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Diversity, Ukraine, and Impeachment

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There’s a diversity angle in the impeachment hearings you may have overlooked.

It’s not just about Trump.

And it’s more than just his sexist treatment  of the hearing’s most compelling witness, the former Ukrainian Ambassador Marie Yovanovich. The president’s live tweeting smear of the diplomat as she described how the president had her yanked without reason from her post has been the highlight to date.

But it doesn’t have the full impact emotionally unless you know a little more about Ukraine and its proud people who have overcome mass starvation and invasions for centuries.

And they continue to struggle to be free from tyranny and corruption.

If you think following all the impeachment details are complex, you should read through Ukrainian history. If you can’t find it on the map or know its history, don’t worry. Look up your campus’ Ukrainian scholar. Short of that, Wikipedia will give you a thumbnail. You’ll just need a lot of thumbs. You’ll be surprised to learn that Ukraine’s history goes back to 43,000-45,000 BC. They didn’t have text messaging back then. Just cave paintings.

That’s what Neanderthal settlers did.  (The real ones. Not Trump’s base). Ukraine has a long rich resume through the centuries that includes multiple invasions and even mass starvation.

Through both World Wars, Ukraine has always been someone’s political football, and ultimately became a part of the Soviet Union. But in 1991, it became free and independent once again.

And that’s when things get interesting in terms of what Ukraine means to modern Americans.

“Support of Ukraine’s success fits squarely into our strategy for central and Eastern Europe since the fall of the Wall 30 years ago,” said George Kent, the Deputy Assistant Secretary of State for Easten Europe and the Caucasus, as he opened the historic impeachment session’s first round  last Wednesday. “A Europe truly whole, free, and at peace—our strategic aim for the entirety of my foreign service career—is not possible without a Ukraine whole, free and at peace, including Crimea and Donbas, territories currently occupied by Russia.”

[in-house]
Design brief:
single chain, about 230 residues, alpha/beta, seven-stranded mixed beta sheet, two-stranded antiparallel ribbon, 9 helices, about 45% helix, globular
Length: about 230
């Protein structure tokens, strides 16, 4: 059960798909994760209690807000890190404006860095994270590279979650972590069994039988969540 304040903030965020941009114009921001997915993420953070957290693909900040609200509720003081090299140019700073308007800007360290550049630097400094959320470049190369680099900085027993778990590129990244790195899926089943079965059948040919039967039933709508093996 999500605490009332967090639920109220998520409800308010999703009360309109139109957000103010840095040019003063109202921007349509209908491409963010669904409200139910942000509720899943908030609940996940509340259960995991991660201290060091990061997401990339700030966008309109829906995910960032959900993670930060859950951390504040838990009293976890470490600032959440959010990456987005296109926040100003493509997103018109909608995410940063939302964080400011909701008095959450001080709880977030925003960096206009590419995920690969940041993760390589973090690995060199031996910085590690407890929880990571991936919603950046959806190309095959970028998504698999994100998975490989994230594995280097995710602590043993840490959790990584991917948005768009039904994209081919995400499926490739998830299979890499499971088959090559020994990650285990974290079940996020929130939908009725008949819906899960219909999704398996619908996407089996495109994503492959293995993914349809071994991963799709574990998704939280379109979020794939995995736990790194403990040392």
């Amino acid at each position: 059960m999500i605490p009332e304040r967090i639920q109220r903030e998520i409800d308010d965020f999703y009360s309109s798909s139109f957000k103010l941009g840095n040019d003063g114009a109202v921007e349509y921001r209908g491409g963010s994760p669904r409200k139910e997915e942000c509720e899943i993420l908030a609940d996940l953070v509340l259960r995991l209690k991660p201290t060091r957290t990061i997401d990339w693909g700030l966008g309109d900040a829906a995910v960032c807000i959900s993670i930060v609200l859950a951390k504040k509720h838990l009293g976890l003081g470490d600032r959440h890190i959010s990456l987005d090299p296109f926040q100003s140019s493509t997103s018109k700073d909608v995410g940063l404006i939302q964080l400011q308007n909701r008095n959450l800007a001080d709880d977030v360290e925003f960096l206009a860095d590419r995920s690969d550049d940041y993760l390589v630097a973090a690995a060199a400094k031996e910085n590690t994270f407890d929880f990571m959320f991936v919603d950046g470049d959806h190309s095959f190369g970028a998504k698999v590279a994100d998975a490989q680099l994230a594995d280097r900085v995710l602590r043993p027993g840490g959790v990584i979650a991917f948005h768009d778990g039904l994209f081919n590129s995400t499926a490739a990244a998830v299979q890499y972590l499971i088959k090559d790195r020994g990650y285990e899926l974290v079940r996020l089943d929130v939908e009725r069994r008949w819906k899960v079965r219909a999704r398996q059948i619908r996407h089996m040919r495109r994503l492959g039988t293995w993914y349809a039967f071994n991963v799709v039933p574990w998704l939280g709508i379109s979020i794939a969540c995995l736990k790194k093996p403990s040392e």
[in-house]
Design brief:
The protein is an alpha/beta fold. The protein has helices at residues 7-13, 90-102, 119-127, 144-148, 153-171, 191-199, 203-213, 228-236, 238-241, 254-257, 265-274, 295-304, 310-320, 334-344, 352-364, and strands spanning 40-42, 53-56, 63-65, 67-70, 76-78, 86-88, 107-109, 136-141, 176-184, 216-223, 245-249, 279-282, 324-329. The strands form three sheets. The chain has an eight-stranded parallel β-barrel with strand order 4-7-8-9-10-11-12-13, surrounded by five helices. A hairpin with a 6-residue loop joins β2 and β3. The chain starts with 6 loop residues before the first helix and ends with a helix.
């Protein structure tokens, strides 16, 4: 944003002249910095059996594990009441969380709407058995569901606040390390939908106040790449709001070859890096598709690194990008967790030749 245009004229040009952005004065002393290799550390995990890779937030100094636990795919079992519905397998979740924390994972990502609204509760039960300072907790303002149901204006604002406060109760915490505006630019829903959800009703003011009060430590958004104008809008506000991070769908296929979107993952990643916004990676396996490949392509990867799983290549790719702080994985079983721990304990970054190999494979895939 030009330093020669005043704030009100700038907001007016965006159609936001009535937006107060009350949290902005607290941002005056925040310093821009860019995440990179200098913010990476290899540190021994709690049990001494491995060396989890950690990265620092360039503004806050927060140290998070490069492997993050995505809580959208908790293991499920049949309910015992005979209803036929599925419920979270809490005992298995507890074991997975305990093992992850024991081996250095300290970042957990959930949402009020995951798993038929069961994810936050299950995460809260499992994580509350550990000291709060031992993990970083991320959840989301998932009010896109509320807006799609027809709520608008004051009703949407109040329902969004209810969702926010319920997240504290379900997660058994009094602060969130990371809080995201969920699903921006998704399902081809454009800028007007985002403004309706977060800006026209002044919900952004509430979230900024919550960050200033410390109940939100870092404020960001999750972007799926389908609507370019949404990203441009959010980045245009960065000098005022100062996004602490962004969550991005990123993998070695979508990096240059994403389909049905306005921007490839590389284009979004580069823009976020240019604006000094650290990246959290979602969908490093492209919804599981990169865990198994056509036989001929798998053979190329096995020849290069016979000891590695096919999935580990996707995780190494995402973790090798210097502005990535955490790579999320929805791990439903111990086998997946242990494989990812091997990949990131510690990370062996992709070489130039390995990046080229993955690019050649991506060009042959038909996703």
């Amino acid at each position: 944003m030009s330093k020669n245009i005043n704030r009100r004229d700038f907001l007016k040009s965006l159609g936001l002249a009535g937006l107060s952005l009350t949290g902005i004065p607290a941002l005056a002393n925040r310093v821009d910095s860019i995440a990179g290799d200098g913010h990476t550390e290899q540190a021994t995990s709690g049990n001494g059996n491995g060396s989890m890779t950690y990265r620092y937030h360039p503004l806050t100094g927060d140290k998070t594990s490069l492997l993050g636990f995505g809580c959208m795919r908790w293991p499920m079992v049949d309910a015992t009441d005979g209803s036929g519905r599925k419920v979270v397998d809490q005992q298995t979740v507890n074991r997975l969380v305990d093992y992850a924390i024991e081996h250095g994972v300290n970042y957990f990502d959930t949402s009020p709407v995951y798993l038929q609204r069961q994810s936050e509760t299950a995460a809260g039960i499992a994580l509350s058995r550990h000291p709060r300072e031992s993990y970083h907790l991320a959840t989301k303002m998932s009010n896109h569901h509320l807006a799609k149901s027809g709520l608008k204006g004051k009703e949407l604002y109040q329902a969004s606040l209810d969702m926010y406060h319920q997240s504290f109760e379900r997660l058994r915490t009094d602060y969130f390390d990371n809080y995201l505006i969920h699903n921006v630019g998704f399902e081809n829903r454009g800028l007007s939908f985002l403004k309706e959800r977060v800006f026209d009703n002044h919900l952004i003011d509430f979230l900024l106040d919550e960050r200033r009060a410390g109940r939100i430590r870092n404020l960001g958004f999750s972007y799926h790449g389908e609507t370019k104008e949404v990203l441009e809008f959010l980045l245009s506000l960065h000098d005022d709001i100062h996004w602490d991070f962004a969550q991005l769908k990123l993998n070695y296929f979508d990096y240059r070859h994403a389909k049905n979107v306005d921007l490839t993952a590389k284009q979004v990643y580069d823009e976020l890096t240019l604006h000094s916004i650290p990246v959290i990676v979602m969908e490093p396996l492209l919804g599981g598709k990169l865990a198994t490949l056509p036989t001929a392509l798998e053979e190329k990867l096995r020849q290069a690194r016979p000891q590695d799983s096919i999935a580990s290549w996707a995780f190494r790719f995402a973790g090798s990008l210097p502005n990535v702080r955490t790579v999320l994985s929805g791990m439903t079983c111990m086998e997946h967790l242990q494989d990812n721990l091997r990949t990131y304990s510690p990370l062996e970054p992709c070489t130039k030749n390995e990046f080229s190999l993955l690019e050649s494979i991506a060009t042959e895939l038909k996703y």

Emil Guillermo

It begins to answer why we should care.

Kent’s opening statement referred to Ukraine’s  Revolution of Dignity in 2014, when the people forced a corrupt pro-Russian leadership into retreat to Moscow. Russia then invaded Ukraine occupying a part of the nation the size of Texas.

“Ukrainian civil society answered the challenge,” said Kent. “They formed volunteer battalions of citizens, including technology professionals and medics. They crowd-sourced funding for their own weapons, body armor, and supplies. They were the 21st century Ukrainian equivalent of our own Minutemen in 1776, buying time for the regular army to reconstitute.

“Since then, more than 13,000 Ukrainians have died on Ukrainian soil defending their territorial integrity and sovereignty from Russian aggression. American support in Ukraine’s own de facto war of independence has been critical in this regard.”

There’s something about a people yearning to be free that connects them to our own fight for democracy.

Kent further elaborated.

“By analogy, the American colonies may not have prevailed against British imperial might without help from transatlantic friends after 1776. In an echo of Lafayette’s organized assistance to General George Washington’s army and Admiral John Paul Jones’ navy, Congress has generously appropriated over $1.5 billion over the past five years in desperately needed train and equip security assistance to Ukraine. These funds increase Ukraine’s strength and ability to fight Russian aggression. Ultimately, Ukraine is on a path to become a full security partner of the United States within NATO.”